• Narrow your search to results from the past five years by adding “&as_qdr=y5” to the end of the URL. The date the content was published appears under the link to each search result.
  • Search Google Images with images by dragging and dropping the file into the search bar. How could this be useful? Have students take photos of plants on a nature walk, then identify the plants and begin their research.

Any other essential Google tips for the classroom? Add them in the comments below! 

Hitting the sweet spot for learning

In this American RadioWorks podcast, psychology professor Dan Willingham explains the learning "sweet spot."

We all thrive and learn most efficiently when we're presented with the right amount of challenge -- just beyond the point where a task would be too easy and bore us, and just short of the point where it would be too hard and frustrate us. Other scientists might call this the "zone of proximal development," but I think calling it the "sweet spot" makes it a little easier to understand.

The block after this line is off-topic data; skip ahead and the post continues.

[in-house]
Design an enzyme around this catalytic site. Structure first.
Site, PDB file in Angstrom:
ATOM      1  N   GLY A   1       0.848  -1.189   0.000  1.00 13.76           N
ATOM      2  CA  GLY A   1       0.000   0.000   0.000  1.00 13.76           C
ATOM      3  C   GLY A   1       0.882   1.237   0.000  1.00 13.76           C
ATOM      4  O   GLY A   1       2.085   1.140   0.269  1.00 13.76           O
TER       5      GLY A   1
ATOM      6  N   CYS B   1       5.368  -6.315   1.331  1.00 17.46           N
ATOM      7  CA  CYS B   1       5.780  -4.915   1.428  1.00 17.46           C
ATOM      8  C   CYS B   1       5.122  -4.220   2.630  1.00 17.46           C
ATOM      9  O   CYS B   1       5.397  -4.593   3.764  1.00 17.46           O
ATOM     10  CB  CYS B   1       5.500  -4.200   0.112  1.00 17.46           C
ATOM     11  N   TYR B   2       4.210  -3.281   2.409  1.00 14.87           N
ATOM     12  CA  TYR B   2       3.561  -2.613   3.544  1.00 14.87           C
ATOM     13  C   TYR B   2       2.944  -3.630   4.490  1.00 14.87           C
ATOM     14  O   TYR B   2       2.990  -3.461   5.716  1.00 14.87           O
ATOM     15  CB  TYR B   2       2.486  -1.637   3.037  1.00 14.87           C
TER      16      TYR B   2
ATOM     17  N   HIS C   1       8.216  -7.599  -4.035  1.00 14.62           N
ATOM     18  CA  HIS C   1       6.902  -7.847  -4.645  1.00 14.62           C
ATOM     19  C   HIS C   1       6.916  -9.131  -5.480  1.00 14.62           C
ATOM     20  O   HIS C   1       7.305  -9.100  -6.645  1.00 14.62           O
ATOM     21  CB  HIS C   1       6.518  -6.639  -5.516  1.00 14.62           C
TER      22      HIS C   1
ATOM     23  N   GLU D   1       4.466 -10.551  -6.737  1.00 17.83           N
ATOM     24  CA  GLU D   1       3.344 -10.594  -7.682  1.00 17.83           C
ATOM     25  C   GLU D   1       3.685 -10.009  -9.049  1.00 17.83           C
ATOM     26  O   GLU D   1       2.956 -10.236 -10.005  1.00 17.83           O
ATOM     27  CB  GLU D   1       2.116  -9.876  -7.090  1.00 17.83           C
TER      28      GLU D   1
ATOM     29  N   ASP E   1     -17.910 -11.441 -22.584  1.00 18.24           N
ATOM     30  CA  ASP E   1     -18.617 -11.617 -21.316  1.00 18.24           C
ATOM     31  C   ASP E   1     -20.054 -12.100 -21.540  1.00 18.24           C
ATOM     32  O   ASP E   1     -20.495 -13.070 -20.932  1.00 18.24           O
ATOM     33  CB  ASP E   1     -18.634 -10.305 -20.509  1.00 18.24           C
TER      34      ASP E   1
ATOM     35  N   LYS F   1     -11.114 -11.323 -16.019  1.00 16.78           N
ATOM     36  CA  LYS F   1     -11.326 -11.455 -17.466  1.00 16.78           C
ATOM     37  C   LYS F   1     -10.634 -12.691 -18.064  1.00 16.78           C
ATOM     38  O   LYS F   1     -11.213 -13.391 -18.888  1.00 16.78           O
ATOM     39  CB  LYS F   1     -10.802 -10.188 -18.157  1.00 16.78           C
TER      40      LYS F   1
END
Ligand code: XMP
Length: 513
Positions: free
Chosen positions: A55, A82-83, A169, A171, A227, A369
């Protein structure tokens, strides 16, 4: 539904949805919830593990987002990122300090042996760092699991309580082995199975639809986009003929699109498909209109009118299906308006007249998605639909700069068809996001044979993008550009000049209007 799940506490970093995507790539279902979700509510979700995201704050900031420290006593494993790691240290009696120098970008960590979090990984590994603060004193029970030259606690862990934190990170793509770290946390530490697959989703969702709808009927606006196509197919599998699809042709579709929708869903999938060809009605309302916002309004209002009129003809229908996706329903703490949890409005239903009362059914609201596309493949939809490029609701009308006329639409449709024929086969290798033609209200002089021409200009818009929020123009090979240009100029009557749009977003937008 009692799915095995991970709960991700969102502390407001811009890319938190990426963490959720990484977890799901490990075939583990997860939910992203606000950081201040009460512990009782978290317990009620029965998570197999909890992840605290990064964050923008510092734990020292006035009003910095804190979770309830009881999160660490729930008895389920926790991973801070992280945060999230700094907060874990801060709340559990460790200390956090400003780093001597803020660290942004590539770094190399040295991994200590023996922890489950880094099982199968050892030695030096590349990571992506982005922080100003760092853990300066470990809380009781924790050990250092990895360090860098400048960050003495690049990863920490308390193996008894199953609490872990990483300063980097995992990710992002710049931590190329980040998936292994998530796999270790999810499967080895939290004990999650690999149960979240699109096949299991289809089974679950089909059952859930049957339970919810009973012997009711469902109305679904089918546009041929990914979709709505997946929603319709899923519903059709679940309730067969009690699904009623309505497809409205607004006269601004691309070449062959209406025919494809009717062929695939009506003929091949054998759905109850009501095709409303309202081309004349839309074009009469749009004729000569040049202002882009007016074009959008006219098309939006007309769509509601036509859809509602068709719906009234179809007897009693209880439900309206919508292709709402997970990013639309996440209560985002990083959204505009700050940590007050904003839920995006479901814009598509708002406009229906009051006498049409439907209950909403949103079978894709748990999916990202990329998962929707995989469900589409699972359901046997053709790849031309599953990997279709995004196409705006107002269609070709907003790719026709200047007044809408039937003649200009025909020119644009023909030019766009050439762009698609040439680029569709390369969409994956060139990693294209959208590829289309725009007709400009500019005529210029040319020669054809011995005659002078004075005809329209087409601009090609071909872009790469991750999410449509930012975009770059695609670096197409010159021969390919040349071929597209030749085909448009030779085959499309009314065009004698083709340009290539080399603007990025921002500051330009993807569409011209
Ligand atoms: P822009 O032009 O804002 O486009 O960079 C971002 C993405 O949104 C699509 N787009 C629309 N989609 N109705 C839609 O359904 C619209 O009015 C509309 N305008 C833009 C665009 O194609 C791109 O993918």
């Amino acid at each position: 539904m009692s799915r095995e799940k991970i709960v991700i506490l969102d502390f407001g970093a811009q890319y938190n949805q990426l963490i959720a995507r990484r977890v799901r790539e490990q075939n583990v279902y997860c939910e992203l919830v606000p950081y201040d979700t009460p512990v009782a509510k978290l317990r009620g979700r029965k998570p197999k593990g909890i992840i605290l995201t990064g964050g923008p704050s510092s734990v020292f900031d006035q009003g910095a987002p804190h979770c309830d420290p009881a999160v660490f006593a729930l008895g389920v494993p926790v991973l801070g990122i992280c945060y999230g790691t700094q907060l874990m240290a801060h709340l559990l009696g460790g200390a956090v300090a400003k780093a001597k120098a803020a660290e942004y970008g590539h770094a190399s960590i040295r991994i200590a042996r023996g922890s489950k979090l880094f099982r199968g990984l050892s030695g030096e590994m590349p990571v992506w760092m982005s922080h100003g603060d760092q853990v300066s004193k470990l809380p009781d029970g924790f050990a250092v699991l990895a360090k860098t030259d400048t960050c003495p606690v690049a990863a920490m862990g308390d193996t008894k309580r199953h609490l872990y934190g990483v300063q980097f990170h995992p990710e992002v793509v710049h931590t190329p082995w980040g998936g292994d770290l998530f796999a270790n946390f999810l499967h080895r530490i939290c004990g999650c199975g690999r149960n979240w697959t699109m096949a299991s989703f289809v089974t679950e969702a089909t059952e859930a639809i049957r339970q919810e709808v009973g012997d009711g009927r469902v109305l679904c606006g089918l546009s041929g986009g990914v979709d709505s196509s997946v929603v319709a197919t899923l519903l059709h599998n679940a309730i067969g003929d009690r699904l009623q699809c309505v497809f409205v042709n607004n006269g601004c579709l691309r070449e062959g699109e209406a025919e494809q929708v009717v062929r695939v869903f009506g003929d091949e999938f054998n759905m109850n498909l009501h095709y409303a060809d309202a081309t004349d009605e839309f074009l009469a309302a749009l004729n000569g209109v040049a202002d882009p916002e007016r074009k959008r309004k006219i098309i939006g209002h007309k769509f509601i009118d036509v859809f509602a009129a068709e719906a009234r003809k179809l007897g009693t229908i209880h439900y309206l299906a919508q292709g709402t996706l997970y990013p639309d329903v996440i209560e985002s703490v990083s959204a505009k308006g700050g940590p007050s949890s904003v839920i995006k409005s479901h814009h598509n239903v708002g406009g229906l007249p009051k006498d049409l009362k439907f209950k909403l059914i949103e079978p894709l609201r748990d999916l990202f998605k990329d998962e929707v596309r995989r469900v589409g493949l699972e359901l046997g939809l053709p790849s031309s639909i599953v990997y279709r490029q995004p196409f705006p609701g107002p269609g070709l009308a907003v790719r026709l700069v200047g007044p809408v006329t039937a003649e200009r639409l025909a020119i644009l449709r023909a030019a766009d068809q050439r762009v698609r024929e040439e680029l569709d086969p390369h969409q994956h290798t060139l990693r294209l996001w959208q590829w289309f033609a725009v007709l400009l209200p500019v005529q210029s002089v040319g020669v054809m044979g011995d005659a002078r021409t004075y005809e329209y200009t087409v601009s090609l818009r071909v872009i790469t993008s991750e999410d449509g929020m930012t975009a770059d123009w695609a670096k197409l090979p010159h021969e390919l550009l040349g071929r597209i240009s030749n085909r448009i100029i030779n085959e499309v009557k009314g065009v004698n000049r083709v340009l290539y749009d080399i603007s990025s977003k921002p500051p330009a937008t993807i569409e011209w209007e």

Ensuring every student is working in his or her "sweet spot" all the time is, of course, one of the fundamental challenges of education. This is the heart of differentiation. In a classroom full of students with divergent needs and at different levels, how do you meet every child where he/she is and give him/her just the right amount of challenge to push him/her forward?

Interestingly, Dr. Willingham says he more frequently gets questions from educators asking how to appropriately challenge high achieving students, rather than low achieving students.

What are your strategies for ensuring every child is hitting the sweet spot for learning?

Families and educators: Partnering for student success

School is in full swing across the country. And we begin a new year with many challenges facing the education system that underscore the need for engaged families, and then some. From the release of the film Fruitvale Station to the release of the documentary, We The Parents, there is a growing sentiment that engaged families still represent a critical component of the three-legged stool to educate young people.